I’ve been vegan for a little over a year and it has served my hair well so far. I hate to admit it but it’s been about a year since I’ve trimmed my mane and when I went to my stylist he only had to trim off 2 inches, which is awesome for a year of growth. In addition to great hair care maintenance, I owe my locks to a well-balanced diet.
It’s pretty easy to get the vitamins and nutrients you need for healthy hair and body on a vegan diet if you’re consuming enough food. Vegan foods are practically bursting with nutrients to make your hair, skin, and nails look fantastic, not to mention your mind and body.
If you’re considering including more plant based foods in your diet to improve your locks, check out these 18 vegan foods for gorgeous hair.
To achieve healthy natural hair it takes consistent, diligent, and purposeful care. Average hair growth across all races is approximately ½ inch per month, totaling six inches a year.
Most people tend to fry, dye, weave up and blow dry their hair, which ultimately causes damage. This can cause hair to break off at the same rate as its grows. The difference between hair that doesn’t go past one’s shoulder and hair down one’s back is length retention. Here are 5 tried and true tips for optimal length retention.
Moisture is arguably the most important part of a healthy hair regimen. Without moisture you end up with dry, frizzy hair that splits and breaks off. Water is the only form of moisture that exists. However, water alone isn’t effective in keeping moisture in your hair due to evaporation. Here are a few things you need to know about effectively moisturizing your natural hair.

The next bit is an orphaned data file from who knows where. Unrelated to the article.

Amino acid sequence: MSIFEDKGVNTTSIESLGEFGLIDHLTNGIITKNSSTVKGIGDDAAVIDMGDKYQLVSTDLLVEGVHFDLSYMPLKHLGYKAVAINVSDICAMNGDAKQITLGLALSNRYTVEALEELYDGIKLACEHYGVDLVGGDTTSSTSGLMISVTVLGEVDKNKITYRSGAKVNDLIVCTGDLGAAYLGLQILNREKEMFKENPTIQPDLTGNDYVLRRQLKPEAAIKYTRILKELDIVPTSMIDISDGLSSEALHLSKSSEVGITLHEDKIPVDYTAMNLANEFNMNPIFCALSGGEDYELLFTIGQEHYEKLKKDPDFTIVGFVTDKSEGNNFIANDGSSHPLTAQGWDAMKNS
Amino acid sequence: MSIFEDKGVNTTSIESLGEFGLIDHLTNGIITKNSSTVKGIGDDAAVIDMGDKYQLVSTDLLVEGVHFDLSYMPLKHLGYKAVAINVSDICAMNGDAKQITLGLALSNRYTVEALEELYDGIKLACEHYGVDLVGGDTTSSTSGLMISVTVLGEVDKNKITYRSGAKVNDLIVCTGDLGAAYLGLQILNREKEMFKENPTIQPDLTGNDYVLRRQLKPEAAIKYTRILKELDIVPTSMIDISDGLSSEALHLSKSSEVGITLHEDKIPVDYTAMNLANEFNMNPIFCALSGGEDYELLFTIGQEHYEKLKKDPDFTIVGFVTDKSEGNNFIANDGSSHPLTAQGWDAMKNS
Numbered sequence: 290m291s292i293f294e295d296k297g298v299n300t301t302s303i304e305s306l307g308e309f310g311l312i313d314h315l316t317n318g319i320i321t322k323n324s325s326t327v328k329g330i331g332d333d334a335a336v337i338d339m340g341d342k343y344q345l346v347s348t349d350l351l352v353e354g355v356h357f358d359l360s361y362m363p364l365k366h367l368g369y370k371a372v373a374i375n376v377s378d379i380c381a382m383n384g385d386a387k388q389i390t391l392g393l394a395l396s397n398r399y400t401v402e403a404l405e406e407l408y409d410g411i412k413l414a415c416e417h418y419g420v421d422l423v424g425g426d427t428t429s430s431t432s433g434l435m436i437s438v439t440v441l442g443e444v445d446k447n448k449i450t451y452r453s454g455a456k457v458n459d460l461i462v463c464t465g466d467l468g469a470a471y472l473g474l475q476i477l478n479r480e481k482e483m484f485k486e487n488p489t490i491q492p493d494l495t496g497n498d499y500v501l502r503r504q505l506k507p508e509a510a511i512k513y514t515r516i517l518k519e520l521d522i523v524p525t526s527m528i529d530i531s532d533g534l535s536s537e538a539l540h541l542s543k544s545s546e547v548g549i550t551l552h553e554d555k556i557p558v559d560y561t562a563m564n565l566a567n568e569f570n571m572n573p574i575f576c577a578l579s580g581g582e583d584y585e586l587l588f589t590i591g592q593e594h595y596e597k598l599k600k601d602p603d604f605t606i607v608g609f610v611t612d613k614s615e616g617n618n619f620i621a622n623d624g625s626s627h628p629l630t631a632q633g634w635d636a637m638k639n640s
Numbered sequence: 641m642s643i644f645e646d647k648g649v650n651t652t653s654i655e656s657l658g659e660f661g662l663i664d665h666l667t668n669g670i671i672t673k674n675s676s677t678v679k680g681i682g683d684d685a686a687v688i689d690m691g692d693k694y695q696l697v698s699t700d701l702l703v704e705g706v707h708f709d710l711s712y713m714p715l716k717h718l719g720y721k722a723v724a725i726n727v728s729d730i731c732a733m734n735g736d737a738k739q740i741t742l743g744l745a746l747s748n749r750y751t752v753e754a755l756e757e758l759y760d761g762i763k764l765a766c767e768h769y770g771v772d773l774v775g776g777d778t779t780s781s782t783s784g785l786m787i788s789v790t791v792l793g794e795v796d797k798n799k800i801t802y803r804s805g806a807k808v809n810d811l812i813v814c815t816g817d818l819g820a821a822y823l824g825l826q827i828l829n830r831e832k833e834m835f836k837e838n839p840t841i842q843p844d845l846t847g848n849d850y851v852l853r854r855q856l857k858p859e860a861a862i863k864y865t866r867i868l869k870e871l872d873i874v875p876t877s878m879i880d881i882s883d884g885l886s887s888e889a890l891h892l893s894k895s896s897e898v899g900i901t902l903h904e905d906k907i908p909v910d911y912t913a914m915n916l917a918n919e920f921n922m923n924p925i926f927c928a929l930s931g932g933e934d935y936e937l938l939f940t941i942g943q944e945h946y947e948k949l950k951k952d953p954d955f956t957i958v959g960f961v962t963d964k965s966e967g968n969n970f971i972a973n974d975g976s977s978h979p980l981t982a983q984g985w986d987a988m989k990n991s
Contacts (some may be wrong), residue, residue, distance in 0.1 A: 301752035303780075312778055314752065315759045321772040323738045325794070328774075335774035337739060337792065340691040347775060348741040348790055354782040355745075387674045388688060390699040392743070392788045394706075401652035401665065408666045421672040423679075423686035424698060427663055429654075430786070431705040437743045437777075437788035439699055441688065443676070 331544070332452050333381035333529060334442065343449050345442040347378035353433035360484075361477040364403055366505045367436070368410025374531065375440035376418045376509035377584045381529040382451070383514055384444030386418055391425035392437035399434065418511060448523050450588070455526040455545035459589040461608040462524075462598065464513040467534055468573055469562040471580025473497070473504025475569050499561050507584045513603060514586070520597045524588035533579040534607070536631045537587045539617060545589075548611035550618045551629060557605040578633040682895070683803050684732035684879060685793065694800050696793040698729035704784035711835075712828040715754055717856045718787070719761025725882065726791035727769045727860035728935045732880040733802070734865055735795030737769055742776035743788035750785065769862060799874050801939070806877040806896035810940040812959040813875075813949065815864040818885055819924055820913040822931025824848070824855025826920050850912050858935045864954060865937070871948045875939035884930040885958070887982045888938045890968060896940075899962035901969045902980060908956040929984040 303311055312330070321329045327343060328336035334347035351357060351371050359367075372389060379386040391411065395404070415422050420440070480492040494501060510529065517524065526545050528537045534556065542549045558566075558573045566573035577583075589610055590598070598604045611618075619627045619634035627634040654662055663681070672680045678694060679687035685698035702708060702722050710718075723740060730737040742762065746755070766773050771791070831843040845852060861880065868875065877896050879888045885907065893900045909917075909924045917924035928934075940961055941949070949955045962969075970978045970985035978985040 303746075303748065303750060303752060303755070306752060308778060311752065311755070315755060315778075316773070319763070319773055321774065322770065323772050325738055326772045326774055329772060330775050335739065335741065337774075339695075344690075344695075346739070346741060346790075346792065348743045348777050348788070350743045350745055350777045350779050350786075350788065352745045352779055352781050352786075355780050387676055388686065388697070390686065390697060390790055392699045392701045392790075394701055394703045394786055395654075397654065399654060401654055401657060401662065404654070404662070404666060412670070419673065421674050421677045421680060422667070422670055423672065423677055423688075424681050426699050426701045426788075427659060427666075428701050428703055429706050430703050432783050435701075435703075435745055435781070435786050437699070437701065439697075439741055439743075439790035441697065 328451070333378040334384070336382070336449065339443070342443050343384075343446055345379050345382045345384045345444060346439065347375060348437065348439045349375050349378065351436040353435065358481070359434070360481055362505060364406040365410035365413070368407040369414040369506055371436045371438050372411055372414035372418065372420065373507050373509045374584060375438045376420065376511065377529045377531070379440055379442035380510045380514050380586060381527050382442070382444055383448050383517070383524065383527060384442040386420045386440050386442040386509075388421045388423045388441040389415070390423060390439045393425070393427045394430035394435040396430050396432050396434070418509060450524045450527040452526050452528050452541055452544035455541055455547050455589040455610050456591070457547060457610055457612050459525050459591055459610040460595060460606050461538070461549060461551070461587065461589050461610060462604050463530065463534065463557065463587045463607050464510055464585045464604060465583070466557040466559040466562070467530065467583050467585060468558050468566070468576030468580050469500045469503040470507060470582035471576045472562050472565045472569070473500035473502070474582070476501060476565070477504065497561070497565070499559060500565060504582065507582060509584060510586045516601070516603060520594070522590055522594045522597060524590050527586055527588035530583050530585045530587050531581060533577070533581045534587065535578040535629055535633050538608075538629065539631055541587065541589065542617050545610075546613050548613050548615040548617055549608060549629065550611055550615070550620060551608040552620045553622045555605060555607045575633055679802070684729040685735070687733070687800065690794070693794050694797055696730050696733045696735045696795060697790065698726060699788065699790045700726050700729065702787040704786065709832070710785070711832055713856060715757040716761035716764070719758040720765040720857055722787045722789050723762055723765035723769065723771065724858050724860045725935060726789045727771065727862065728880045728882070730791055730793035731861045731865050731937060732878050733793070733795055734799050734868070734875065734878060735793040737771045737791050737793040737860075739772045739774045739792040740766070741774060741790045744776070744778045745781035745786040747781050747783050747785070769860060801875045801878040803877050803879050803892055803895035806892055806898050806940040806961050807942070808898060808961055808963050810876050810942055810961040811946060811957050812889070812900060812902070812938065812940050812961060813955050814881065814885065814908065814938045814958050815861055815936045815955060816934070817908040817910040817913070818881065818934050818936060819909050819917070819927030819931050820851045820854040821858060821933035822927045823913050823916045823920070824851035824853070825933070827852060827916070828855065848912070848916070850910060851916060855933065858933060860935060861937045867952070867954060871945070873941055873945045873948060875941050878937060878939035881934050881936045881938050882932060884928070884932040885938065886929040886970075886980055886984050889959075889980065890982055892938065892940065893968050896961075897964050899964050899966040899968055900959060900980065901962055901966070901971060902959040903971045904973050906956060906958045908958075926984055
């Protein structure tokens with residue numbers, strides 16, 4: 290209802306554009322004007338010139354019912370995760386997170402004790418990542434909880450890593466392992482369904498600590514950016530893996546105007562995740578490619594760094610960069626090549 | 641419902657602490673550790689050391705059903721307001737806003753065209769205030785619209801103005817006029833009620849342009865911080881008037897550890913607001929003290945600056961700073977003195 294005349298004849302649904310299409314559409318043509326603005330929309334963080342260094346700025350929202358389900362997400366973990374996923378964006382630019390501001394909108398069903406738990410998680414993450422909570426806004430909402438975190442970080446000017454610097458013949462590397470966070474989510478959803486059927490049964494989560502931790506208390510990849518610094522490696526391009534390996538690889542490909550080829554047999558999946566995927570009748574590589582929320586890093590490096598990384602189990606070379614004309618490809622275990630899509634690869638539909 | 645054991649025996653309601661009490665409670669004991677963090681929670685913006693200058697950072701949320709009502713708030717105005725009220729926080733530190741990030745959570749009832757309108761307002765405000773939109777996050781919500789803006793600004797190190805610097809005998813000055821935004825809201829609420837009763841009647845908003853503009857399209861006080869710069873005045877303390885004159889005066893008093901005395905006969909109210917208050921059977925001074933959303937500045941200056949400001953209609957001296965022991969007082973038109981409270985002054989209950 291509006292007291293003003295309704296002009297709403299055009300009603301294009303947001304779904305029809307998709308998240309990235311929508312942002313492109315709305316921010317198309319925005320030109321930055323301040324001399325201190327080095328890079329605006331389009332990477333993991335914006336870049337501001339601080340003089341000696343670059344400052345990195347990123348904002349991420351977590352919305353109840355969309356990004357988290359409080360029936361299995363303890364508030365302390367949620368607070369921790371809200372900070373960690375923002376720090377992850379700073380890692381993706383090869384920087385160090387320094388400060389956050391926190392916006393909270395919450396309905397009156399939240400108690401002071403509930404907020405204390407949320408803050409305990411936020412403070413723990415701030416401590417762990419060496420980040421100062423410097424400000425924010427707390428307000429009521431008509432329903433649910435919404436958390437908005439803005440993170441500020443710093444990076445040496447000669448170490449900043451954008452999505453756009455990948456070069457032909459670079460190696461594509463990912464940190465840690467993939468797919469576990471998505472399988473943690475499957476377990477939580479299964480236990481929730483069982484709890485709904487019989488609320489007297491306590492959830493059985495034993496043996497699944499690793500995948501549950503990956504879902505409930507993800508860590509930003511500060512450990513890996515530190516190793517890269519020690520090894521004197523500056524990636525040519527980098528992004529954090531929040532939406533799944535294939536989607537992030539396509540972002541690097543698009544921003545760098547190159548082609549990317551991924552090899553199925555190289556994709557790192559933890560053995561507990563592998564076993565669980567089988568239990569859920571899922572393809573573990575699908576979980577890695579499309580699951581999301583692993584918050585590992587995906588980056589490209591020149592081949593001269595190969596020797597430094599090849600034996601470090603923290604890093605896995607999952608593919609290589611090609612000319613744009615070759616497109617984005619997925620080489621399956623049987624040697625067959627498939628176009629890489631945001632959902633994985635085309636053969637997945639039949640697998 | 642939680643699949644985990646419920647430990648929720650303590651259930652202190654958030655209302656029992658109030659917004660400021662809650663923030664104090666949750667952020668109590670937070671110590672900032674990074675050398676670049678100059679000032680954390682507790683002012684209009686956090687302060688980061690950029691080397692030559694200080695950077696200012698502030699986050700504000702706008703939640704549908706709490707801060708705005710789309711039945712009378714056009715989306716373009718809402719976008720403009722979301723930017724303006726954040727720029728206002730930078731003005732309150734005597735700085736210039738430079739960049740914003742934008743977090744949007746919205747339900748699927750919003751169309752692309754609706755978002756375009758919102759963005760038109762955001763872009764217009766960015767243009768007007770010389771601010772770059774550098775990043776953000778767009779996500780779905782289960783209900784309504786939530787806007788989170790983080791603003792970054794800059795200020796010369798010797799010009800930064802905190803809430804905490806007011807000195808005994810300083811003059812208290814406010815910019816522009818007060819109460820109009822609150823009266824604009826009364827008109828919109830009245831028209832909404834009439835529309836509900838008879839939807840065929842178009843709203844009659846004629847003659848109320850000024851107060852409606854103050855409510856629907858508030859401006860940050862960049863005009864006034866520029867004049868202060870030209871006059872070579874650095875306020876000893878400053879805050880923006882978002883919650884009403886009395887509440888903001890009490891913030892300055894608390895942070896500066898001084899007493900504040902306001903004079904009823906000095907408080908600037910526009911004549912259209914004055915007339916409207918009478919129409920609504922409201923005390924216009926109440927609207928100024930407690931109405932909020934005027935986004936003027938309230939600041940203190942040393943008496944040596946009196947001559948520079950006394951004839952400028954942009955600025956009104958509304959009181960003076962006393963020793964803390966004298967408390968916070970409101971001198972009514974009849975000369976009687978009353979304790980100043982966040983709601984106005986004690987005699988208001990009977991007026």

Our scalp naturally produce sebum (oil) that is designed to coat the hair strand. But those of us with curls and kinks, have a hard time with sebum naturally running down the path of the hair strands, to coat and moisturize the hair. So we must moisturize and oil our strands manually.
After adding moisture (water) to your hair, you should seal in that moisture with naturally penetrating oil such as olive oil or coconut oil. You can seal with oil alone and/or with a leave-in that has these oils listed in the first five ingredients. These oils help by creating a barrier at the cuticle, preventing the water from evaporating off of your strands at an accelerated rate.
With all parts of a hair regimen, you have to find out what works best for your hair. Sealing can vary from person to person. For some, sealing with oil may not be enough. Those with thicker hair may need to add either a watery leave-in conditioner, before sealing, and/or a oil-based, creamy leave-in conditioner, after sealing, for their hair to remain properly moisturized after it is completely dry.
After washing and sealing with oil, ask yourself, “Does my hair still feel soft and moisturized after it is fully dry?” If the answer is no, you may need to tweak your regimen to effective seal your strands. You can test by applying different sealing methods to each side of your hair after washing.